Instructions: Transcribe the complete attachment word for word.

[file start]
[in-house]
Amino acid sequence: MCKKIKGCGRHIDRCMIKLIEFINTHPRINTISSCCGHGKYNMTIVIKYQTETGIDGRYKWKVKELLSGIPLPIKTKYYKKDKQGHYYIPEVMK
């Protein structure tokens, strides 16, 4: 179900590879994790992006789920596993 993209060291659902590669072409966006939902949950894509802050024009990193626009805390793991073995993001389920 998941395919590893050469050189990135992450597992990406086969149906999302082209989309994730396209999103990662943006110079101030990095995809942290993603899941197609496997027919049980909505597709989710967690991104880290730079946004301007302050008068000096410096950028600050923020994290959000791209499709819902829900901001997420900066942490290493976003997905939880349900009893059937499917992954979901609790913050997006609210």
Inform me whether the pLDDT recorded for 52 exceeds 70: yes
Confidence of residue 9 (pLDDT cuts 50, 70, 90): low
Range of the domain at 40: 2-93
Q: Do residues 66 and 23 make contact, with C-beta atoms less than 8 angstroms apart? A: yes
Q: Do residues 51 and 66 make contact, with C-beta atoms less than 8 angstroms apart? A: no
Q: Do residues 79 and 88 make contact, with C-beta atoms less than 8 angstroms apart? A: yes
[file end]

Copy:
[in-house]
Amino acid sequence: MCKKIKGCGRHIDRCMIKLIEFINTHPRINTISSCCGHGKYNMTIVIKYQTETGIDGRYKWKVKELLSGIPLPIKTKYYKKDKQGHYYIPEVMK
């Protein structure tokens, strides 16, 4: 179900590879994790992006789920596993 993209060291659902590669072409966006939902949950894509802050024009990193626009805390793991073995993001389920 998941395919590893050469050189990135992450597992990406086969149906999302082209989309994730396209999103990662943006110079101030990095995809942290993603899941197609496997027919049980909505597709989710967690991104880290730079946004301007302050008068000096410096950028600050923020994290959000791209499709819902829900901001997420900066942490290493976003997905939880349900009893059937499917992954979901609790913050997006609210």
Inform me whether the pLDDT recorded for 52 exceeds 70: yes
Confidence of residue 9 (pLDDT cuts 50, 70, 90): low
Range of the domain at 40: 2-93
Q: Do residues 66 and 23 make contact, with C-beta atoms less than 8 angstroms apart? A: yes
Q: Do residues 51 and 66 make contact, with C-beta atoms less than 8 angstroms apart? A: no
Q: Do residues 79 and 88 make contact, with C-beta atoms less than 8 angstroms apart? A: yes